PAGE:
Virtue, a 28-year-old from London, Ont., and the 30-year-old Moir, from Ilderton, Ont., won Olympic gold in Vancouver in 2010. They lost to Americans Meryl Davis and Charlie White four years later in Sochi, and then took two seasons off, returning in hopes of reclaiming gold.

Virtue and Moir, who will retire after Pyeongchang, were undefeated in their return until losing to Papadakis and Cizeron in the Grand Prix Final in December.

Canada’s other duos also qualified for the free dance, with Andrew Poje and Kaitlyn Weaver sitting eighth with 74.33 points and Piper Gilles and Paul Poirer earning 69.60 for ninth. The free dance is Tuesday.

“We tried to go there and really soak in the environment and the energy that is the Olympics,” said Poje. “It’s an amazing experience to be part of the team here and the great environment of all the athletes.”

Sharpe, of Comox, B.C., took the top spot in women’s halfpipe qualifying, scoring 93.40 on her second run after a 93.00 on her first. In halfpipe, the best score from two runs counts.

“On my first run I just really wanted to land, that’s like my biggest thing for my confidence,” said Sharpe. ”If I don’t land my first run, I have a hard time coming back from that, so I just really wanted to land my run, and then after that I was like ‘OK, I want to qualify first because I want to drop last in the final’.

“Because if you do well through that, you can drop last, and it’s your victory lap. It’s the best feeling in the world. So if I can get another one of those, I mean, I’m so excited.”

Calgary’s Rosalind Groenewoud qualified 11th with 73.20. The top 12 competitors move on to Tuesday’s final.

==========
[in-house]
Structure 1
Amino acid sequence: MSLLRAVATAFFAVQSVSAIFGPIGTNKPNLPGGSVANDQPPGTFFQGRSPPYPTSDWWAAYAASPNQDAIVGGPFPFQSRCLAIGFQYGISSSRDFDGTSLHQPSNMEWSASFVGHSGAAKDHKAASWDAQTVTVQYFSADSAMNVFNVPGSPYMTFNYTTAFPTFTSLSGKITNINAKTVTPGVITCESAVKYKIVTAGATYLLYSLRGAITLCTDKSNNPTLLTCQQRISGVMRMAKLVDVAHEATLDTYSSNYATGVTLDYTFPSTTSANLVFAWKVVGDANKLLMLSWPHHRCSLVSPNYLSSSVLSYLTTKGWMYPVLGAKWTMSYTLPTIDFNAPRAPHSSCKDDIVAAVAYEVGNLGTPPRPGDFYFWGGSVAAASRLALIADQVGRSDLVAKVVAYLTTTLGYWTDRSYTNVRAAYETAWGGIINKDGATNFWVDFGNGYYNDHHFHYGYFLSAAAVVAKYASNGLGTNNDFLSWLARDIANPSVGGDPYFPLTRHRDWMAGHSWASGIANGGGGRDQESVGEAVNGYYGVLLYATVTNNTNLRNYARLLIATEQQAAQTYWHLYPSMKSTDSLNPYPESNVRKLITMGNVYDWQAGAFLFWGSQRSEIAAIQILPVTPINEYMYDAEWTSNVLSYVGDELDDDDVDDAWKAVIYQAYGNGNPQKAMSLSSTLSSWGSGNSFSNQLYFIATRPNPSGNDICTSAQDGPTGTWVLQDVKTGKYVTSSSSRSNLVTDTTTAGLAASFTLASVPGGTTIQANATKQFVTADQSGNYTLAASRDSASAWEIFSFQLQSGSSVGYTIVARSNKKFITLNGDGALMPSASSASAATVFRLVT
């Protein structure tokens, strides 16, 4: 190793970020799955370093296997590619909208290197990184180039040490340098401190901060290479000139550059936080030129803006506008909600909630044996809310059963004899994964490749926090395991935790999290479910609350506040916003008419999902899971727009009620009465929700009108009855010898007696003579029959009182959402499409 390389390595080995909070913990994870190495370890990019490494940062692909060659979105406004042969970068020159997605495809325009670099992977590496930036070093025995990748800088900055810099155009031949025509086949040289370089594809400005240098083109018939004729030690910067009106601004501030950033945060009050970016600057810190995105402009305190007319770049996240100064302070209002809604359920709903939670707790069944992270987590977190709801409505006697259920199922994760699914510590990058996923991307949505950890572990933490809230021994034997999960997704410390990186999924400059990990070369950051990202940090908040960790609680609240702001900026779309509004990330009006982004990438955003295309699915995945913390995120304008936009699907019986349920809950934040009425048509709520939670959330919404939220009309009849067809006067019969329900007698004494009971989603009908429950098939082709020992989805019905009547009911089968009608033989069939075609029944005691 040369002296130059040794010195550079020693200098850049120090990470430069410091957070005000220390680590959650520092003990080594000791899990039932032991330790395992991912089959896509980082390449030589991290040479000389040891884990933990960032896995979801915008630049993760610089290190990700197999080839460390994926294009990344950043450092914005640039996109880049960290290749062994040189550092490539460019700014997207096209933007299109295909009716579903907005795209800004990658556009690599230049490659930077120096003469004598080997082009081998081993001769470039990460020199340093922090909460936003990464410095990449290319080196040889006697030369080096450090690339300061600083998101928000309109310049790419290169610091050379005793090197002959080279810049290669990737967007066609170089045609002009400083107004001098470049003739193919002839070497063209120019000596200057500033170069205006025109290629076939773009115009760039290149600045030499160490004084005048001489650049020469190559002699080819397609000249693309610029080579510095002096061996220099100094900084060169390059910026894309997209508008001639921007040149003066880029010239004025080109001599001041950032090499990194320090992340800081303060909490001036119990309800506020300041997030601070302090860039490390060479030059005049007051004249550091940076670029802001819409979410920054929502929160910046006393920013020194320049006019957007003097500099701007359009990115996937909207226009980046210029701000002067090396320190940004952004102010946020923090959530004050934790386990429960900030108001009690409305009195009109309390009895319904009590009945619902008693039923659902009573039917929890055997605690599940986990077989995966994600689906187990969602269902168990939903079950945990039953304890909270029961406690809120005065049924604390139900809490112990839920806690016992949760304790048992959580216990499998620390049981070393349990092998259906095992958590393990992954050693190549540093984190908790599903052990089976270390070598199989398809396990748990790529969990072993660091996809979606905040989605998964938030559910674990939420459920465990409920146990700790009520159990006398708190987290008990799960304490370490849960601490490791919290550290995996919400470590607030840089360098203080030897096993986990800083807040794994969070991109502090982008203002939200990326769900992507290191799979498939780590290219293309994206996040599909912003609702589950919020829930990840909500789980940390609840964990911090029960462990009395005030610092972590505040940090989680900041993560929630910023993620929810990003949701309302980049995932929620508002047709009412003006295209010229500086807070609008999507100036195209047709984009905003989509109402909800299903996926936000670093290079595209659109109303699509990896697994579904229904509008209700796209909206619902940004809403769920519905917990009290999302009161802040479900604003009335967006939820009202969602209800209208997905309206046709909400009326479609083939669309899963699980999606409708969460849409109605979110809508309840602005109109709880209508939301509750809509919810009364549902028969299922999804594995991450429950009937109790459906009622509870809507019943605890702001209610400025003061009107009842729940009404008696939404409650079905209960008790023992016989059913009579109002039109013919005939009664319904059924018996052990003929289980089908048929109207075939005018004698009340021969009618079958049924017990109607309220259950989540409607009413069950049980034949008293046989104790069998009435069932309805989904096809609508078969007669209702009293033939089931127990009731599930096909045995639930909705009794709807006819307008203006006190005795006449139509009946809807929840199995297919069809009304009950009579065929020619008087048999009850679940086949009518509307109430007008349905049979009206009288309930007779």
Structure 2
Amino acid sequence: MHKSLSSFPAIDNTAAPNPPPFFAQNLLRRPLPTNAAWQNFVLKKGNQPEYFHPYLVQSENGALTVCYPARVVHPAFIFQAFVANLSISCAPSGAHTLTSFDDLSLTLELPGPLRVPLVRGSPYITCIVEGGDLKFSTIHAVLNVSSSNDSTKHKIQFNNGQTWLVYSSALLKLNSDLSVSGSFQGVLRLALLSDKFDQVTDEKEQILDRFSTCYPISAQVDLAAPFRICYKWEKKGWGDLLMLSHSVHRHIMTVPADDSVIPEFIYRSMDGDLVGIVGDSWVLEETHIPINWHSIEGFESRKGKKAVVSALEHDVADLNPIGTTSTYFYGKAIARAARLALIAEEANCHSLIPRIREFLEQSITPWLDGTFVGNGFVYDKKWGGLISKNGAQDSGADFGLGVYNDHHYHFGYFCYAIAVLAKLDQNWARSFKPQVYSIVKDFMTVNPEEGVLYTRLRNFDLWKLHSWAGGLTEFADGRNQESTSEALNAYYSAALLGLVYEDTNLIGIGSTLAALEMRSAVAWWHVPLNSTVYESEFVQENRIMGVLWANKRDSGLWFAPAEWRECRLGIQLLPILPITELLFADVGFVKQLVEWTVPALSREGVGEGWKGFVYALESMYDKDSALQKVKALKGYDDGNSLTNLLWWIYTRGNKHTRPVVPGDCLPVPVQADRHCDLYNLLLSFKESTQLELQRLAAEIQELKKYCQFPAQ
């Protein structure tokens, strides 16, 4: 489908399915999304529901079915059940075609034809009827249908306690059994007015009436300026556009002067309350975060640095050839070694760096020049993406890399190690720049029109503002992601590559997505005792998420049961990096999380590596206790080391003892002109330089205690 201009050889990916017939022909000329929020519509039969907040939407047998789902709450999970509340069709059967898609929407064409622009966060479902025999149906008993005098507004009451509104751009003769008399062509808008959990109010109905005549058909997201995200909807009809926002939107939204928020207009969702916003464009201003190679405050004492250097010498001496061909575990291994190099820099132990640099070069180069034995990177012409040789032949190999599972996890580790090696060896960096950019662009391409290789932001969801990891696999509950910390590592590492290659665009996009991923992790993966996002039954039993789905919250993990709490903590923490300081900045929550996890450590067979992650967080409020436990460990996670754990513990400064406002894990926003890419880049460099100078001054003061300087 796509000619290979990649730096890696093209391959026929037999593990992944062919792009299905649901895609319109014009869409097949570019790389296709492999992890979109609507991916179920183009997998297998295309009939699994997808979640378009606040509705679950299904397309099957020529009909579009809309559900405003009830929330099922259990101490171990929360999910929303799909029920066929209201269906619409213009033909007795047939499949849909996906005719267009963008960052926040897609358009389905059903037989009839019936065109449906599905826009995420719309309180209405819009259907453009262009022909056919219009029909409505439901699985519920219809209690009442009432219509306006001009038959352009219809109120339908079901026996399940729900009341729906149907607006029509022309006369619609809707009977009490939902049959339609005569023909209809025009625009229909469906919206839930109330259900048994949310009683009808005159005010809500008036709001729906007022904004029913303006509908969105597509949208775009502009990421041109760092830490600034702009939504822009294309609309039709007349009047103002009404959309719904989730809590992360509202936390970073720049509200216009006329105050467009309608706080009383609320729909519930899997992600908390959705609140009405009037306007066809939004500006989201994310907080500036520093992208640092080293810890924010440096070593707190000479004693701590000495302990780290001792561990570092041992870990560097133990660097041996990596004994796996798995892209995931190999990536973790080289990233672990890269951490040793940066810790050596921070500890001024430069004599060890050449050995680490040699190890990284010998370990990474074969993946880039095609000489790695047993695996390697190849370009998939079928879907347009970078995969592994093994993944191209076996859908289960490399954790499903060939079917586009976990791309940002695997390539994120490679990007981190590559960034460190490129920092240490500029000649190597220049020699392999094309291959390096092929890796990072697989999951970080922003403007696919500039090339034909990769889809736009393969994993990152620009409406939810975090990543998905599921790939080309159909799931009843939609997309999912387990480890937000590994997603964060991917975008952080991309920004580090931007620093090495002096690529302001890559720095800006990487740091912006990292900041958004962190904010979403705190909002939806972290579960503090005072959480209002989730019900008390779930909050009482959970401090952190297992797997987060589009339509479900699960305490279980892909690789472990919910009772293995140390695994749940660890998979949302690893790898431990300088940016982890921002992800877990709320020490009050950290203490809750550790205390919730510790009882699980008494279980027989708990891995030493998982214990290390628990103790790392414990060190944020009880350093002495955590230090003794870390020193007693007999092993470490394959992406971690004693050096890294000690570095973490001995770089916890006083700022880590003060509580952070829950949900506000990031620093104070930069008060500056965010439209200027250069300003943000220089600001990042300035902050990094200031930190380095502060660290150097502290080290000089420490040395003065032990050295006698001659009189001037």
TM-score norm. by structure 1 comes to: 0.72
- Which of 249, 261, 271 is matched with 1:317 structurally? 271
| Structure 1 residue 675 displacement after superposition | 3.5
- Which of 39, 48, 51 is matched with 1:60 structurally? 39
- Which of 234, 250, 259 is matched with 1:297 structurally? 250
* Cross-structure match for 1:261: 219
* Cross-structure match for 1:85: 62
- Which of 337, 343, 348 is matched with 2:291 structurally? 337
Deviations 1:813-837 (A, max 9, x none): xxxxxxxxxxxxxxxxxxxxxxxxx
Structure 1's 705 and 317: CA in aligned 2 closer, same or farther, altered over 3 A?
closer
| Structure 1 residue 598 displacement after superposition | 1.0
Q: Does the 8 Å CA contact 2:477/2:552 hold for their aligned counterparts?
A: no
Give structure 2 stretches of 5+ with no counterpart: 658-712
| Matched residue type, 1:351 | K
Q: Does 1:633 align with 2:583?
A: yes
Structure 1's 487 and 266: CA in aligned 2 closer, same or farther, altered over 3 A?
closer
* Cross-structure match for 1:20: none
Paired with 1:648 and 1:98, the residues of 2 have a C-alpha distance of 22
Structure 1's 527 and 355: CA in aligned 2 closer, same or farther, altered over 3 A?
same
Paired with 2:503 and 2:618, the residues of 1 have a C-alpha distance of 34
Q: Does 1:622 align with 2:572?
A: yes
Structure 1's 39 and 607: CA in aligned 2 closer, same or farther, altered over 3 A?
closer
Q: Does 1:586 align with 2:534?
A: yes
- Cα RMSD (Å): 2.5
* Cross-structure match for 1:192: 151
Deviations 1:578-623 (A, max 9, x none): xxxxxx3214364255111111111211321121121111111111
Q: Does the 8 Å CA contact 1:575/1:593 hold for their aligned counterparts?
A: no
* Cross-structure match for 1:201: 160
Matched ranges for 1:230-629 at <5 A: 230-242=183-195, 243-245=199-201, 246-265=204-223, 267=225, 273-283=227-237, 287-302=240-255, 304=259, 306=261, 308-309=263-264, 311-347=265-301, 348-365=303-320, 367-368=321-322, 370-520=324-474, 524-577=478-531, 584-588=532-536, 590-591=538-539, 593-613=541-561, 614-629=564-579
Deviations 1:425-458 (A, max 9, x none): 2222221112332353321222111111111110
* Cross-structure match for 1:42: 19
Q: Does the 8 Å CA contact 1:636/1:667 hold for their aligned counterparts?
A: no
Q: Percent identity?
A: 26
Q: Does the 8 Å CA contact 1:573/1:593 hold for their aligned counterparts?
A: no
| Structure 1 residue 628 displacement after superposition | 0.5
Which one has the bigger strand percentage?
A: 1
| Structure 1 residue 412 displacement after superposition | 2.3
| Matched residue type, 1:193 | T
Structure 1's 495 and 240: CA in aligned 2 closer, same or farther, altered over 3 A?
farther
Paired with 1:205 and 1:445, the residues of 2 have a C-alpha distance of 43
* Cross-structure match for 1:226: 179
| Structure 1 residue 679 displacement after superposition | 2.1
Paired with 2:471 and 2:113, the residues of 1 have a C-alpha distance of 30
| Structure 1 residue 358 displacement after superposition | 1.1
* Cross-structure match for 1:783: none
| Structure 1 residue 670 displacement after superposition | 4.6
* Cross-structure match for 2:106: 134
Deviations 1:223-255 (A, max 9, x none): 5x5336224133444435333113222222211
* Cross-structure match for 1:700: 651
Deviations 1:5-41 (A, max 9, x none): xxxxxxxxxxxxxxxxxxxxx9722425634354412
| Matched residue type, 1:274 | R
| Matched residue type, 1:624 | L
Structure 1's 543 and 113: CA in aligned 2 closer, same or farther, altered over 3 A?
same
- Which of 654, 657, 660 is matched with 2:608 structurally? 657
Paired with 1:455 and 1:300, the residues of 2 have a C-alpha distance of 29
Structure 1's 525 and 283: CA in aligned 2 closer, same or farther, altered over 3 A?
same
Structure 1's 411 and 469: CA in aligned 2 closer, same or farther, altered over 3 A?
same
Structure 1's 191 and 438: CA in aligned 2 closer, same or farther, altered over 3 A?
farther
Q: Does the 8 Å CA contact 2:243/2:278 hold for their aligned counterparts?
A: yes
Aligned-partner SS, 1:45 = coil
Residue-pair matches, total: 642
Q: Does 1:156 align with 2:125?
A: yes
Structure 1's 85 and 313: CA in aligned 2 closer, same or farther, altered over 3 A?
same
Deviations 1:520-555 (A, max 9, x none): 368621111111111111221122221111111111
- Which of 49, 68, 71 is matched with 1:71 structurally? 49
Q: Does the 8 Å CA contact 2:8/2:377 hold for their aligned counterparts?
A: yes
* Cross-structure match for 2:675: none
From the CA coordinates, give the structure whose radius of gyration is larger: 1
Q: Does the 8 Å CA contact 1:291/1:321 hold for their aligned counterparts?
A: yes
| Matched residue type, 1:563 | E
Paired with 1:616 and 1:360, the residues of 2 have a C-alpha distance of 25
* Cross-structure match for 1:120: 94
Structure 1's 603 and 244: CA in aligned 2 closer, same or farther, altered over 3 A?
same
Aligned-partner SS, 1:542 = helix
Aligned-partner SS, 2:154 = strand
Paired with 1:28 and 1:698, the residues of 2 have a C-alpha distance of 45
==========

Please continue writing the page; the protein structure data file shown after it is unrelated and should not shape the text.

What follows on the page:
France’s Marie Martinod was second with 92.00 points with American Brita Sigourney third with 90.60 points.

In women’s big air, Laurie Blouin of Stoneham, Que., was fourth after the qualifying round. She scored 92.25 in her second run, landing a cab double underflip, the same trick she tried in her first run. In big air, the best score from two runs counts.

“I did one of my biggest tricks that I have 100 per cent on lock to make sure I make it through to final,” said Blouin. “For the final I have another big trick, so I’m going to have to work hard in practice.”

Blouin suffered a head injury during a fall in training for the women’s slopestyle Feb. 9, but went on to win a silver medal in that event.

Spencer O’Brien of Courtenay, B.C., was 11th after earning 76.75 points in her second run. The top 12 competitors advance to Friday’s finals.

Austria’s Anna Gasser was first in qualifying with 98.00 points in her second run, followed up by Japan’s Yuka Fujimori (94.25) and Reira Iwabuchi (92.75).

In curling, the losing streak continues for Kevin Koe. The Calgary skip lost his third straight game Monday, a 9-7 decision against the U.S. in extra ends.

The loss drops Koe’s rink to 4-3 but it remains tied for third with Britain. The top four make the semifinals.

On the women’s side, Rachel Homan pulled her rink into playoff contention with an 8-3 win over Japan. Homan has won three straight after beginning the tournament with three losses.

The win put Canada into a tie for fourth with China and Britain at 3-3.

The Canadian Press